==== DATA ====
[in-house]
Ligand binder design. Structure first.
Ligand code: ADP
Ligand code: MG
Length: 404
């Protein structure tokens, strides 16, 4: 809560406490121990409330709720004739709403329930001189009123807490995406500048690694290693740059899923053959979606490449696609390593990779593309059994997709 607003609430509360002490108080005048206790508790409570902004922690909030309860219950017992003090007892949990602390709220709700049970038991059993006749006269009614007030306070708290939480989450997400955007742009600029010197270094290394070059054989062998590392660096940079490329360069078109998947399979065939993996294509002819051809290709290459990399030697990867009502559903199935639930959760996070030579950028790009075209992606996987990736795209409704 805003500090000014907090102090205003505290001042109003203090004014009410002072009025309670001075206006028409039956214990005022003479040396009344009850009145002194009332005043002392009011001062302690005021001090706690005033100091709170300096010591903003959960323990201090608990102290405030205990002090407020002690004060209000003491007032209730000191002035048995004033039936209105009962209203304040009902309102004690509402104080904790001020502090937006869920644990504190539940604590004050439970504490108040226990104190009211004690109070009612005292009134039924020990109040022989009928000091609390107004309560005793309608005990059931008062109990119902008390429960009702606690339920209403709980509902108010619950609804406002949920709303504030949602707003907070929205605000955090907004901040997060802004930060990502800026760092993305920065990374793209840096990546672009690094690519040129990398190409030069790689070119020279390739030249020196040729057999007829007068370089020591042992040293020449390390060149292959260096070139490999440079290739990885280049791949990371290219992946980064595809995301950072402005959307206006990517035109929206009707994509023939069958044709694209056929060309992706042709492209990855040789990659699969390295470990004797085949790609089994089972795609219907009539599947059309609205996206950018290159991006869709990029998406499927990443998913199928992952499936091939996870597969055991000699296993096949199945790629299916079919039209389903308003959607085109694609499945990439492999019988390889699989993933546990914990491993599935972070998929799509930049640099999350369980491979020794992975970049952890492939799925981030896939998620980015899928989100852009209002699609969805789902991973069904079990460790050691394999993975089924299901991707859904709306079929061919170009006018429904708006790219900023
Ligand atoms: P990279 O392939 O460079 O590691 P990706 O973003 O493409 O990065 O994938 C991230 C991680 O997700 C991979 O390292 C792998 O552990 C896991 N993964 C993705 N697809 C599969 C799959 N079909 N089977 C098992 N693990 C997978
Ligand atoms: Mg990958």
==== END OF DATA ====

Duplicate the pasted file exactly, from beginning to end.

[in-house]
Ligand binder design. Structure first.
Ligand code: ADP
Ligand code: MG
Length: 404
């Protein structure tokens, strides 16, 4: 809560406490121990409330709720004739709403329930001189009123807490995406500048690694290693740059899923053959979606490449696609390593990779593309059994997709 607003609430509360002490108080005048206790508790409570902004922690909030309860219950017992003090007892949990602390709220709700049970038991059993006749006269009614007030306070708290939480989450997400955007742009600029010197270094290394070059054989062998590392660096940079490329360069078109998947399979065939993996294509002819051809290709290459990399030697990867009502559903199935639930959760996070030579950028790009075209992606996987990736795209409704 805003500090000014907090102090205003505290001042109003203090004014009410002072009025309670001075206006028409039956214990005022003479040396009344009850009145002194009332005043002392009011001062302690005021001090706690005033100091709170300096010591903003959960323990201090608990102290405030205990002090407020002690004060209000003491007032209730000191002035048995004033039936209105009962209203304040009902309102004690509402104080904790001020502090937006869920644990504190539940604590004050439970504490108040226990104190009211004690109070009612005292009134039924020990109040022989009928000091609390107004309560005793309608005990059931008062109990119902008390429960009702606690339920209403709980509902108010619950609804406002949920709303504030949602707003907070929205605000955090907004901040997060802004930060990502800026760092993305920065990374793209840096990546672009690094690519040129990398190409030069790689070119020279390739030249020196040729057999007829007068370089020591042992040293020449390390060149292959260096070139490999440079290739990885280049791949990371290219992946980064595809995301950072402005959307206006990517035109929206009707994509023939069958044709694209056929060309992706042709492209990855040789990659699969390295470990004797085949790609089994089972795609219907009539599947059309609205996206950018290159991006869709990029998406499927990443998913199928992952499936091939996870597969055991000699296993096949199945790629299916079919039209389903308003959607085109694609499945990439492999019988390889699989993933546990914990491993599935972070998929799509930049640099999350369980491979020794992975970049952890492939799925981030896939998620980015899928989100852009209002699609969805789902991973069904079990460790050691394999993975089924299901991707859904709306079929061919170009006018429904708006790219900023
Ligand atoms: P990279 O392939 O460079 O590691 P990706 O973003 O493409 O990065 O994938 C991230 C991680 O997700 C991979 O390292 C792998 O552990 C896991 N993964 C993705 N697809 C599969 C799959 N079909 N089977 C098992 N693990 C997978
Ligand atoms: Mg990958």